Most people who have been on a psychedelic medicine retreat will tell you that a powerful sense of community is part of what can make this experience so special. The sharing of hopes and fears before and after the voyage and the bonding that takes place between attendees are often the stuff of treasured memories and lasting friendships. But is this part and parcel of the healing that these ceremonies can bring, or is it simply a valuable bonus?
By conducting a large-scale web survey of participants in medicine retreats and other group psychedelic sessions, researchers at Imperial College London’s Centre for Psychedelic Research found that the emotional connection, camaraderie, and mutual trust generated at those events seemed to have a positive impact on mental health.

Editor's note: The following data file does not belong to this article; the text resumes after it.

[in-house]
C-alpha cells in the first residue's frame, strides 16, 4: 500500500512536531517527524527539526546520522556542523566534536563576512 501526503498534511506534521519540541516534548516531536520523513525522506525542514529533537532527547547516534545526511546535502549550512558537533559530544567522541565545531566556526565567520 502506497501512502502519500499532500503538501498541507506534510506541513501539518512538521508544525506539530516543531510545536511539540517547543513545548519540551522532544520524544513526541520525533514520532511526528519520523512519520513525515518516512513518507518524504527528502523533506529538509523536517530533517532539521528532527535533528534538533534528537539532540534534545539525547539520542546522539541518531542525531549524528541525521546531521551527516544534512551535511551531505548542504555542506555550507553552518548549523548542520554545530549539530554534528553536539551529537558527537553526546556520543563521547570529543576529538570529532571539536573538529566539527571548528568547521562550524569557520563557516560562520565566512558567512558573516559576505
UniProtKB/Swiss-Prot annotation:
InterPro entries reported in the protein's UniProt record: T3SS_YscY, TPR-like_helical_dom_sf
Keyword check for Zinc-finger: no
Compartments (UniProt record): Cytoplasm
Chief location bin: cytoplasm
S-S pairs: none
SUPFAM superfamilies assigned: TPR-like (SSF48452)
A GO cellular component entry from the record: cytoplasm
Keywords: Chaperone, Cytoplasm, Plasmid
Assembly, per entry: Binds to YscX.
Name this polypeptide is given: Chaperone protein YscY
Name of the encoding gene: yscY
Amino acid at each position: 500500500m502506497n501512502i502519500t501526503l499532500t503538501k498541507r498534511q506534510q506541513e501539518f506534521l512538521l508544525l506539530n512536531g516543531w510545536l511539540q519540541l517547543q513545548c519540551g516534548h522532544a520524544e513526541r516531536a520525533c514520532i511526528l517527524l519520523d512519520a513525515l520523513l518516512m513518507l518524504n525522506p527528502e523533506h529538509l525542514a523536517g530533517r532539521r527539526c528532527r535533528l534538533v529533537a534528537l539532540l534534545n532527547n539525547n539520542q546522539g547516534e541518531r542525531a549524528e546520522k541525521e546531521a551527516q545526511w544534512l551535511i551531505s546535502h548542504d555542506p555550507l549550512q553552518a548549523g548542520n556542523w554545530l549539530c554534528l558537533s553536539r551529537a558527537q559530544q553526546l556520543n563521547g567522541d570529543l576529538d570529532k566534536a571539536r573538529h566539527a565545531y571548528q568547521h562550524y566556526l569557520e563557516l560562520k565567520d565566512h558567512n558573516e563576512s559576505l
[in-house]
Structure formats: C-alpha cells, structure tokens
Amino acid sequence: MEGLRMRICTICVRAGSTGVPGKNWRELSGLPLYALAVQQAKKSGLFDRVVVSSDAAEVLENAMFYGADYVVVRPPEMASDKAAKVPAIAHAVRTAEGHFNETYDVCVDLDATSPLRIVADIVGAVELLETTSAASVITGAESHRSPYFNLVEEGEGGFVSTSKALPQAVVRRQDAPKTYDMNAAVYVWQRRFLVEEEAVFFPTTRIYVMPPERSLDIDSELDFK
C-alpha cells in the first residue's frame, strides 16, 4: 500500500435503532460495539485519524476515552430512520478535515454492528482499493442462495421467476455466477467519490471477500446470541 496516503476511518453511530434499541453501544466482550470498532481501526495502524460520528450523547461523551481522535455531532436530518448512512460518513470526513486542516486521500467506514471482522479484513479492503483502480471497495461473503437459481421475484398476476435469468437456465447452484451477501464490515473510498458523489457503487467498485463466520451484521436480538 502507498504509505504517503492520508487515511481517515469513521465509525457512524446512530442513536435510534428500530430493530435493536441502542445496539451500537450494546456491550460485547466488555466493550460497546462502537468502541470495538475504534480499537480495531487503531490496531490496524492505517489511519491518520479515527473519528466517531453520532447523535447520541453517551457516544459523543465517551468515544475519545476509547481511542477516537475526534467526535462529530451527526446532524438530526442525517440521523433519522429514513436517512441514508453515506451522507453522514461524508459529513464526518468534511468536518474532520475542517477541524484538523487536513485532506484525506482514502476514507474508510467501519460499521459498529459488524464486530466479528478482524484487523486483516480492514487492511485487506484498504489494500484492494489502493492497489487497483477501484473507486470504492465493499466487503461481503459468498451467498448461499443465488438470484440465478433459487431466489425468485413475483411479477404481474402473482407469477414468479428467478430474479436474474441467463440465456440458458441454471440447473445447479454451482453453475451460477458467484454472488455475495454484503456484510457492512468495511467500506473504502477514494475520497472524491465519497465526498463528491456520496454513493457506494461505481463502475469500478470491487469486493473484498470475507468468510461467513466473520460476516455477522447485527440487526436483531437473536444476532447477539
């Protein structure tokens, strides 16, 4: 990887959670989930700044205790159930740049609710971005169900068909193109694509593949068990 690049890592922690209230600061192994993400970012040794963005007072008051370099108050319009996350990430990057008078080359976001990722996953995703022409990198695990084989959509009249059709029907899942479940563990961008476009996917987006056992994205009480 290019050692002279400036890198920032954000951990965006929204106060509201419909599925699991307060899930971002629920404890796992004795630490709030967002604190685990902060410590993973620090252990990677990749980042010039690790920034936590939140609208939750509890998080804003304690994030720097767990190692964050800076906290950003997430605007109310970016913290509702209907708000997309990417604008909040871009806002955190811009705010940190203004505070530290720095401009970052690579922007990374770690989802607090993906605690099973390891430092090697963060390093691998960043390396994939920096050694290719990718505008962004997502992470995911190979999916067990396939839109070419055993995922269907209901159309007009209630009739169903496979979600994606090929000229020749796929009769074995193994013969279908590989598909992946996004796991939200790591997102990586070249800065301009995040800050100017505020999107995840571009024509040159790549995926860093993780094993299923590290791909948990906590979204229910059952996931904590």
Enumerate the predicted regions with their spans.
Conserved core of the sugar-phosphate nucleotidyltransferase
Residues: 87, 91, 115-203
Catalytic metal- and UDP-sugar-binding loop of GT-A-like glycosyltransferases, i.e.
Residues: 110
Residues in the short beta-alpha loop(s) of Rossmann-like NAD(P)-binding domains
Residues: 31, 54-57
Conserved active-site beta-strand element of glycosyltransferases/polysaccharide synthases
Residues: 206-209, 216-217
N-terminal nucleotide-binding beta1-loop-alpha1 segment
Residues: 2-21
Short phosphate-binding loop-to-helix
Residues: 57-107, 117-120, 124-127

They speculate that communitas, defined as “intense togetherness and shared humanity that temporarily transcends social structures,” might make for more powerful psychedelic therapy.
As it stands, most formal psychedelic therapy sessions are conducted with individual patients in clinical environments. Perhaps by bringing some of the elements of a group entheogenic experience into psychedelic therapy—namely, a sense of shared experience, greater bonding between patient and facilitator, and a strong level of emotional support—therapists could maximize the value of these treatments.